There are some incredible activists in the world, From Greta Thunberg to Glennon Doyle to the intersectional environmentalists Leah Thomas and Ayana Johnson (black women who piece together these interconnected issues in an illuminating way). I support them wholeheartedly, and I will continue to follow where they lead.
But where I personally want to lead is with the micro. Looking at the problem is heartbreaking, but the answer is not to look away, distract ourselves or bury our heads in the sand. It is to focus on the actions and solutions that are within our control. And it starts right here: In our homes, in our kitchens and gardens, in our families, before rippling out into our social networks and workplaces. Collectively, it adds up.
Coming full circle to where I started, we need to live our lives differently. We need to reconnect with ourselves, our families, our food, and the natural world. We need to know these things intimately, and give them the love they deserve. We need to see just how precious we are – individually, as a collective, and as an ecosystem (think for a moment how long you would live without oxygen, water, food – and then think about whether we are really separate from the planet that sustains us).
The more of us who see this, adjust our priorities and live our lives differently – the more that bigger changes will be possible. What we want, collectively, will be different. What we buy will be different, and market forces will shift. How we engage with the world, and who we vote into power, will change. Finding a bit of peace in ourselves will free up a whole lot of headspace to focus on what’s important.
After the events of 2020, I feel like so many of us are ready to make changes.
This blog will focus on easy, doable ways to make health changes and it will be organised into 5 pillars.
Why the five pillars? Because it’s easy to go all in the things you enjoy, but then undermine your health in other areas. I’ve done it so, so many times!
You can spend so many hours cooking and exercising that you end up going to bed late and you’re short on sleep.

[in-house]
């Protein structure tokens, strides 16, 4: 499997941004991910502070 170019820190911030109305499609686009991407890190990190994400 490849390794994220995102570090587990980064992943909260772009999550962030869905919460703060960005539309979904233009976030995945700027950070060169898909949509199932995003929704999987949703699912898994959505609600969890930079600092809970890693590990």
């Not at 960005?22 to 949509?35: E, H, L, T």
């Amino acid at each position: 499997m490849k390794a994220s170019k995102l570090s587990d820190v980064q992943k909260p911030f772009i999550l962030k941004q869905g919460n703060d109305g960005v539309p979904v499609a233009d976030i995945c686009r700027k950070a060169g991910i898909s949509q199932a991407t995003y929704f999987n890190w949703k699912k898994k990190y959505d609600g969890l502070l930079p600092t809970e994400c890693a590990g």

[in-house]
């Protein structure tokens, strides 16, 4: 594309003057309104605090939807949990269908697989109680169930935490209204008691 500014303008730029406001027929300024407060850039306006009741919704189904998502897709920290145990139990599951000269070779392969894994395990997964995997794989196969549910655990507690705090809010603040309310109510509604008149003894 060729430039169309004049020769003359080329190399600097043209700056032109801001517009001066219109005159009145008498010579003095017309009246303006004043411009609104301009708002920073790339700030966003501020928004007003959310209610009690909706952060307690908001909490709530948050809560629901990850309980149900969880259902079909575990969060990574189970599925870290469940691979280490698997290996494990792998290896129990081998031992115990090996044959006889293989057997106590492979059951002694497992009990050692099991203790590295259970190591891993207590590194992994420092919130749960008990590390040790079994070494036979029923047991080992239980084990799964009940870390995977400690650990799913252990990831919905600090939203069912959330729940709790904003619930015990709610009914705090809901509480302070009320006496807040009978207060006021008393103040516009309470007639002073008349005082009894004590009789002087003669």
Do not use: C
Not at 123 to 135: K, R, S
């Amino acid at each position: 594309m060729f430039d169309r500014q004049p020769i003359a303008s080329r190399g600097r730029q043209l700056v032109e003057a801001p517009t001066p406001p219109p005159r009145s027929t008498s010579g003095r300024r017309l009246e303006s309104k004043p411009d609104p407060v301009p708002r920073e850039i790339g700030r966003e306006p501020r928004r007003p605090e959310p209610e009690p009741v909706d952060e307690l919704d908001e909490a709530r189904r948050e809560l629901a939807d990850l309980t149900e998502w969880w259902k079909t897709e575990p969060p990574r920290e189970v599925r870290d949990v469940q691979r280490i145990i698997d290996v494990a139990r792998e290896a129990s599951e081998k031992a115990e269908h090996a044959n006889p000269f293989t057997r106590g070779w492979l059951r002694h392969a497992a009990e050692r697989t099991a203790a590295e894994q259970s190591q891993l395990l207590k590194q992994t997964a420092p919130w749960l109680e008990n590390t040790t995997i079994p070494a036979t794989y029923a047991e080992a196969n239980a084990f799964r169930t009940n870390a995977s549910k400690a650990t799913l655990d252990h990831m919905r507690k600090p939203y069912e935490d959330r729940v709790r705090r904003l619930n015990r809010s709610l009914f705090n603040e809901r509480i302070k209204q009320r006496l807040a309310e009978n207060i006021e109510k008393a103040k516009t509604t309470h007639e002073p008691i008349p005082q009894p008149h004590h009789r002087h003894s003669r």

Or you can go deep into self-care and self-development, reading all the blogs, attending the webinars, doing the challenges… and neglect the person sitting right next to you, who loves you and is a bedrock in your life.
I’m not the first person to talk about health pillars. You’ll see it everywhere because the concept is sound, it makes intuitive sense. The pillars I have chosen are the ones that make sense to me.
- Calm your nervous system. Meditation, mindfulness, yoga, and crucially, sleep. This is about regulating our nervous systems, activating the Vagus nerve and getting out of fight or flight mode (which is only ever meant to be a temporary response to external stressors)
- Move your body. Our bodies are built to move, and being sedentary is incredibly detrimental to our health. This is about exercise for health and mental health, with no particular focus on weight loss
- Nourish your body. Eating whole food, cooking from scratch, baking your own bread or sourdough (whatever is doable for you). This is about giving our bodies the nutrients they need, and also taking care of the gut microbiome (the community of beneficial microorganisms in the gut)
- Reconnect with people. This is not something I would have always thought about as a big component of health, but in fact it’s huge – and loneliness is a killer. Family, community, social support and a sense of being part of something bigger are vital to us as humans
- Reconnect with nature. Experiencing the natural world has a profound effect on us. It can help ground us, flooding our senses with cues from the outside world and tapping into the now, rather than the future in your head (which is a major component of anxiety). Spending time in nature and tuning into the seasons, growing your own vegetables, gardening